Are you a Multipotentialite?

This morning I was having a conversation with my daughter about college classes as some of her older cousins are going off to college in the Fall. She was wondering how many different classes you could take each semester and suggested that you could take classes in your major and your minor. I suggested the idea of taking a class just because you may be interested in the subject and she informed me that this was not allowed…she is eleven.

How does my daughter at age eleven already feel that you have to choose a course of study in college and follow that course into the world of work?  Cultural norms support the idea that we have one purpose; that we are meant to do one important thing here on this earth over and over again until we achieve mastery.

This general cultural bias towards specialization leaves out the opportunity for one to experience a broad range of possibilities. And in some of us, it creates anxiety over the consequences of choosing the wrong major or taking the wrong job or wanting to switch career paths in midlife. What if you want to study many subjects or have many careers or would like to pursue many interests?  What if you’re an E ticket kind of person who just wants to do all the stuff!!

Well, you may be a Multipotentialite: a person with many interests and creative pursuits.

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Transitions are Supposed to be Uncomfortable

Transitions are challenging for most of us and the truth is that they should be. A transition is like a chemistry experiment where you are moving from one state to another and along the way there is turbulence. A transition creates an internal state of chaos so that you can reorganize the patterns in your life and get rid of what is no longer working.

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Unplug

“Almost everything will work again if you unplug it for a few minutes, including you.”  -Anne Lamott

Most of us need to make a conscious effort to take a break from technology as our electronic devices are just too addictive to put down. For me, the best break from technology is to be without a WiFi connection. This forced break brings my focus back to the present and allows me to be in touch with my inner self. I recently returned from a backpacking trip into the heart of the North Cascades National Park where I was without a WiFi and cellular connection for five days. At first, it was tough to let go of my desire  to be entertained, distracted and generally attached to my phone. My phone feels like an extension of me and when I cannot find it I can experience a mini panic attack. I was experiencing this panic-like feeling for about the first 24 hours of the trip and then something wonderful happened….I forgot about my phone and I began to interact in an authentic way with my surroundings.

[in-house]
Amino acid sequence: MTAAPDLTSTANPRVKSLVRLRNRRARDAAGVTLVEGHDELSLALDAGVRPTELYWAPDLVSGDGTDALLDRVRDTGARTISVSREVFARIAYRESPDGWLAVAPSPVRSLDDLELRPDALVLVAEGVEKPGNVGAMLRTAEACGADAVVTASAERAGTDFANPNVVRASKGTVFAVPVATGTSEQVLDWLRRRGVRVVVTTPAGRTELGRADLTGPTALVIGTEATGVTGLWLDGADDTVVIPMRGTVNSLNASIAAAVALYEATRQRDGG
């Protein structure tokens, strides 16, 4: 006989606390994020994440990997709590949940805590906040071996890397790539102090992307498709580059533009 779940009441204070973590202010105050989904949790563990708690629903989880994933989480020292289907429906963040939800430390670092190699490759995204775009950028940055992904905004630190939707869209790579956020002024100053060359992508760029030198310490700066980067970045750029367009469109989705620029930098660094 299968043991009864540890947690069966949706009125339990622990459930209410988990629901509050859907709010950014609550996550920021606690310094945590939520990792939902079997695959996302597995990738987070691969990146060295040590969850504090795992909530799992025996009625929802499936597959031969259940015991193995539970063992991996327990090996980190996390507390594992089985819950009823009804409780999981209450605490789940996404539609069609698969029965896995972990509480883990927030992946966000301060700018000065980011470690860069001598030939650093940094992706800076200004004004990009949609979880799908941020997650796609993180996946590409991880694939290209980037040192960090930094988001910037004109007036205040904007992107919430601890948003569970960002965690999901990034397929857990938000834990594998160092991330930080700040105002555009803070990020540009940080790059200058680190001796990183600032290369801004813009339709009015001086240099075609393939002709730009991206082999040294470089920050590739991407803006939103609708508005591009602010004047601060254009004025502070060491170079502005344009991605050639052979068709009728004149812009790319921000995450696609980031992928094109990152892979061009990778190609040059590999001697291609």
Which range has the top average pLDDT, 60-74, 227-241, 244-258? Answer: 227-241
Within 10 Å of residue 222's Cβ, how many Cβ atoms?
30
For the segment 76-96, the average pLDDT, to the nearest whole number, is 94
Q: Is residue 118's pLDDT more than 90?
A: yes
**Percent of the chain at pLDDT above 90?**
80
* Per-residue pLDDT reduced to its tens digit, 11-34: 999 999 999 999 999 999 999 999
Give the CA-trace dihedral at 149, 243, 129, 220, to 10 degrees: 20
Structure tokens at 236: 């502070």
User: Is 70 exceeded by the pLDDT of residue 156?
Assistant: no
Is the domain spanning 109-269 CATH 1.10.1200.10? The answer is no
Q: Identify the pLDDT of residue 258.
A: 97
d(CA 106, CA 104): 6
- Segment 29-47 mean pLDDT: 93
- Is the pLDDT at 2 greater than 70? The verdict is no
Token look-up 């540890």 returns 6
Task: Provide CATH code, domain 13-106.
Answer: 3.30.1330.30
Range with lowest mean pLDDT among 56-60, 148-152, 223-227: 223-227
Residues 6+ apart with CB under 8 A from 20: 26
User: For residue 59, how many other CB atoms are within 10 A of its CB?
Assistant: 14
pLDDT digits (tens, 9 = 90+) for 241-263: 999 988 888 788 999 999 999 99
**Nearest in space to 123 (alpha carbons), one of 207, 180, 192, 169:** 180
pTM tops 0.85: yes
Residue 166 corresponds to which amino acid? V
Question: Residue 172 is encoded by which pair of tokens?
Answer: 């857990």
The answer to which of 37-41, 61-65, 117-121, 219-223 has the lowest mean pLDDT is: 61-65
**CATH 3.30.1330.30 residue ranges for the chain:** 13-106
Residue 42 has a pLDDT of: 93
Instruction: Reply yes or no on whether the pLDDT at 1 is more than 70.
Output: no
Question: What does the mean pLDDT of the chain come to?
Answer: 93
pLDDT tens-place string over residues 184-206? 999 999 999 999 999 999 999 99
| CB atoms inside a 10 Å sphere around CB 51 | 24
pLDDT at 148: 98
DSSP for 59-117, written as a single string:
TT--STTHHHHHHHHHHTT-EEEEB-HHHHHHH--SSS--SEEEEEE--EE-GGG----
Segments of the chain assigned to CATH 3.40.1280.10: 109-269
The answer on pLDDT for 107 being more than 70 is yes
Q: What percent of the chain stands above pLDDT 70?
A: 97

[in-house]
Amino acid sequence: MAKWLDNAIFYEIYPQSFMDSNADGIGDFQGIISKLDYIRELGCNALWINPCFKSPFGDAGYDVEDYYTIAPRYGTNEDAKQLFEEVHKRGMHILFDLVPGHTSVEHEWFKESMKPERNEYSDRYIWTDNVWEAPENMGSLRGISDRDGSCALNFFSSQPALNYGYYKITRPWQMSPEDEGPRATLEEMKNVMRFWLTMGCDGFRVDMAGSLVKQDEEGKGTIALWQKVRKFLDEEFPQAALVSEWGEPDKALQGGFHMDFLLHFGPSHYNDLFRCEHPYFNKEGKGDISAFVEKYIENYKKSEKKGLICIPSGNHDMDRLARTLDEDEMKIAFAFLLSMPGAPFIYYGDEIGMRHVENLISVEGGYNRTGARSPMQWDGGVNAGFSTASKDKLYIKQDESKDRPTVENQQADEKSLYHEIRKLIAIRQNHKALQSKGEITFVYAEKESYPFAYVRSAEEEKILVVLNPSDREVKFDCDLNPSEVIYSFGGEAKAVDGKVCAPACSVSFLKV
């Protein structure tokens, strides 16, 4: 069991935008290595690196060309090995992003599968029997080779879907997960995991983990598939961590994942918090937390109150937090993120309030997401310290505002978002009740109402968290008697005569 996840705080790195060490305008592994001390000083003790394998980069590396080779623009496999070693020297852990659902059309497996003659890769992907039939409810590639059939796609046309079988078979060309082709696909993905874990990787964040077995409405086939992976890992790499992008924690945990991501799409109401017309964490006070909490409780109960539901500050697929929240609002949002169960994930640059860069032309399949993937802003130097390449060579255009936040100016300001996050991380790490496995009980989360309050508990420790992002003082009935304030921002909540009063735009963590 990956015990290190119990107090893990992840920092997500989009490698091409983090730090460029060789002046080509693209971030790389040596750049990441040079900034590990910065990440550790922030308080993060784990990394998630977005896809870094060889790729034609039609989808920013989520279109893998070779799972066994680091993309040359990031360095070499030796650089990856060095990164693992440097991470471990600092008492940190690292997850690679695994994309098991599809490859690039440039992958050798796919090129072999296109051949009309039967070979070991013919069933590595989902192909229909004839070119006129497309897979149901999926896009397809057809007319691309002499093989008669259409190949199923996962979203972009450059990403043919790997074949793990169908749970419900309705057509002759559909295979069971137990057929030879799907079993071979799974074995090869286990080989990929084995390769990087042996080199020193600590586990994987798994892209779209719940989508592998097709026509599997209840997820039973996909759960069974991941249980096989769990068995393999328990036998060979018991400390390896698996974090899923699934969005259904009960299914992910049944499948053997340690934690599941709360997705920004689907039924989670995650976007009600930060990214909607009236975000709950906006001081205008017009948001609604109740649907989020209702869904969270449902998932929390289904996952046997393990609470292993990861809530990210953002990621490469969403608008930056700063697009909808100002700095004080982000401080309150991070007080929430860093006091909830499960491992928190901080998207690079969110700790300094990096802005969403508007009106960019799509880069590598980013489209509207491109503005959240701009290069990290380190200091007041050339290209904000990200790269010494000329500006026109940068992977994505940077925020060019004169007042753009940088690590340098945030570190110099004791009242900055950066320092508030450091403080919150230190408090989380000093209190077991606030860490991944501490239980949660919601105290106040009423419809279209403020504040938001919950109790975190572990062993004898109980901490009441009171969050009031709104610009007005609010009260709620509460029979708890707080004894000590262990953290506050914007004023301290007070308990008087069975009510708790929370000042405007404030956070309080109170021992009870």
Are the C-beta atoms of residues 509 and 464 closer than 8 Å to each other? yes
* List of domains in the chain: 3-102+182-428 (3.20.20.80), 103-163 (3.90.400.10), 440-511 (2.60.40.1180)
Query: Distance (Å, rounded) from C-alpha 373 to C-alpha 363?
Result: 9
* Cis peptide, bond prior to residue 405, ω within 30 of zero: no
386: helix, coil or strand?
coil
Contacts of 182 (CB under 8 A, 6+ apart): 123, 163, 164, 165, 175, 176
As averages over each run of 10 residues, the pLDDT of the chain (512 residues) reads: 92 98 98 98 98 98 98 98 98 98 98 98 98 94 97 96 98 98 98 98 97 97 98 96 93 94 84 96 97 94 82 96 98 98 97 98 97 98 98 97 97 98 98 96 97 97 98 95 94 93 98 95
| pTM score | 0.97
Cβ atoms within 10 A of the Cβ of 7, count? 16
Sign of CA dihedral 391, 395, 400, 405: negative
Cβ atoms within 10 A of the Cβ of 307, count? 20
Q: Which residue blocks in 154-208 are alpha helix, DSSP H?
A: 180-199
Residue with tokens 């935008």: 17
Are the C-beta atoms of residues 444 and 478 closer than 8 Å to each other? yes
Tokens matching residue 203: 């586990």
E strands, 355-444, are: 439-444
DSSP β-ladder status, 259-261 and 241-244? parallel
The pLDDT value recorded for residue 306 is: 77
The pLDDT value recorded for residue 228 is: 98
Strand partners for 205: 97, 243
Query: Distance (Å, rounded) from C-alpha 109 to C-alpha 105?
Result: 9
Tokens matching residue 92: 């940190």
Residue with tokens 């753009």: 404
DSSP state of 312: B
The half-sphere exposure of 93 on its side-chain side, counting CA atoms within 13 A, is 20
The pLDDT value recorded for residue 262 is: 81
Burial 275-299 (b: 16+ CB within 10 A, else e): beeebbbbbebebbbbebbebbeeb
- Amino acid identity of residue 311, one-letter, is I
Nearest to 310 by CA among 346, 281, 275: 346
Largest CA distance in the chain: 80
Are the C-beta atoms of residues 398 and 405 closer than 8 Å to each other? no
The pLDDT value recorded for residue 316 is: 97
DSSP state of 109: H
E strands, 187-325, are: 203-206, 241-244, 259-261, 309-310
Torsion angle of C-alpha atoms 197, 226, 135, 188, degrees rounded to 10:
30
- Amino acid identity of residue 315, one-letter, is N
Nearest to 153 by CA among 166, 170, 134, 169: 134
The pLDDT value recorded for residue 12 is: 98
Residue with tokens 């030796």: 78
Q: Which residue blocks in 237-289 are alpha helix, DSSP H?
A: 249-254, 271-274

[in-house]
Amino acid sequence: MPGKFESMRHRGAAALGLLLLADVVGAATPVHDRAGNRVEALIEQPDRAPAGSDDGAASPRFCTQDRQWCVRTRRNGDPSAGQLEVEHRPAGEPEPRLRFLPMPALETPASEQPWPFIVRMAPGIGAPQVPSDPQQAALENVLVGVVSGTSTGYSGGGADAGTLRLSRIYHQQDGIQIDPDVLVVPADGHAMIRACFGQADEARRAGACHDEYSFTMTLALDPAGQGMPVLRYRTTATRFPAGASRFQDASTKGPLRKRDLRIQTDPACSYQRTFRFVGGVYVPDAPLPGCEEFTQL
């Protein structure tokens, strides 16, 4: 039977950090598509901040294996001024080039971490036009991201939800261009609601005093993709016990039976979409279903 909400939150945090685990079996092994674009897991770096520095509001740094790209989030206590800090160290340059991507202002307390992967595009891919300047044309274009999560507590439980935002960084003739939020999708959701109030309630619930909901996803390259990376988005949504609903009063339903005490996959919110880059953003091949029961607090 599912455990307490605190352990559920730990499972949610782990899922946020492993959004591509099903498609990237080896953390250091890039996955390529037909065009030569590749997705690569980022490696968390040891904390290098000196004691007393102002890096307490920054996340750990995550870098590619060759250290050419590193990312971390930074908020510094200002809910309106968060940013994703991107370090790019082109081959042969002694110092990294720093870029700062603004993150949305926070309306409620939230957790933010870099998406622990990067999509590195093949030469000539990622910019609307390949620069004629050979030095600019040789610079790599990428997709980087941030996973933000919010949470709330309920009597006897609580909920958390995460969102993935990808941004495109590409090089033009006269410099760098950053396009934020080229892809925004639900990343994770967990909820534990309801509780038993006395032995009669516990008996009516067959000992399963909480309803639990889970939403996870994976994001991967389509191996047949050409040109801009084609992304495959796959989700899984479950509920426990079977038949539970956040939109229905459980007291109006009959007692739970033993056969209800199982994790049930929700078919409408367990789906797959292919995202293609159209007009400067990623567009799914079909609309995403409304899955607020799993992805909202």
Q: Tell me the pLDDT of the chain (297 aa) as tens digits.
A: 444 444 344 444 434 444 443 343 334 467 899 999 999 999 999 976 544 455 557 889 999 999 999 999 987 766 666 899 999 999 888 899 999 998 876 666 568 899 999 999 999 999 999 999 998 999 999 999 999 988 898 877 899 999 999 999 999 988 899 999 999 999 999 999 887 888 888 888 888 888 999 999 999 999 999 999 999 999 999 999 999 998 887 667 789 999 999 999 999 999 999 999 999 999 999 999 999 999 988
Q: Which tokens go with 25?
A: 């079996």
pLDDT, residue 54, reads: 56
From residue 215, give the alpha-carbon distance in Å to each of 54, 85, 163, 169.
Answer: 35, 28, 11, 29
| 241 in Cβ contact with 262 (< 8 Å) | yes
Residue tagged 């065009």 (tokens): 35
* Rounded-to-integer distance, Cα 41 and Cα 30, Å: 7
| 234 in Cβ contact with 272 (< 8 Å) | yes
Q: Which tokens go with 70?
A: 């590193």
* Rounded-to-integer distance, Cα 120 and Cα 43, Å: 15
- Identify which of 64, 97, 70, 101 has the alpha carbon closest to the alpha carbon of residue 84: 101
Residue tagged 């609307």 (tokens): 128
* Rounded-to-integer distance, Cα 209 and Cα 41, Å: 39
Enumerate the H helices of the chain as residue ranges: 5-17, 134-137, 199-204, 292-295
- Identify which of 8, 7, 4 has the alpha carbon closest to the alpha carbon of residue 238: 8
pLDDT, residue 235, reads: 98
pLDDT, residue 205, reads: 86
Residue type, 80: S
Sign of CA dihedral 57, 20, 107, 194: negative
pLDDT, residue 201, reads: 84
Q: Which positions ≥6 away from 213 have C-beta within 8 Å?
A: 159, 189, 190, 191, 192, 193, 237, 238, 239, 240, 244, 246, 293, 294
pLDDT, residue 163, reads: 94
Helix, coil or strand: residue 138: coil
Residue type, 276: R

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Testimonials Help Transitions

Fall equinox marks more than the changing of seasons for many parents.  With kids back in school and a solid routine in place, we have more time to take care of ourselves and refocus our energy on our goals. I typically welcome this time to invigorate my coaching practice.  This year, however, as I began planning workshops, speaking engagements and accepting more clients, I felt a sense of doubt that I was still a good coach.

I’ve had doubts about my effectiveness as a coach before and a few public speaking-induced panic attacks, but I can usually quiet these fears with

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Making a Change? Get an Accountability Partner

About six months ago, I was faced with the challenge of how to grow my business through social media. I had just walked out of an inspiring seminar armed with information on Facebook pages, Twitter handles and LinkedIn profiles…I was ready to get to work! But a few weeks later, I had not made any progress toward my goal. I flipped back through my notes from the seminar and found a scrawled notation in the margin: “get an accountability partner!” An accountability partner is someone

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Setting Goals From the Inside Out

I don’t know about you, but when those year-end magazine issues appear on the newsstands, a feeling of dread comes over me. I know that I will begin to look back and assess the year according to what I did or did not get around to. I will review the best and worst moments and feel guilty for time lost or time ill spent.

My feeling of dread really sinks in when I review my to-do list. I find it interesting that the items left undone are those I am not passionate about or invested in. Further, these items are not linked to any of my goals, but put on the list out of a responsibility

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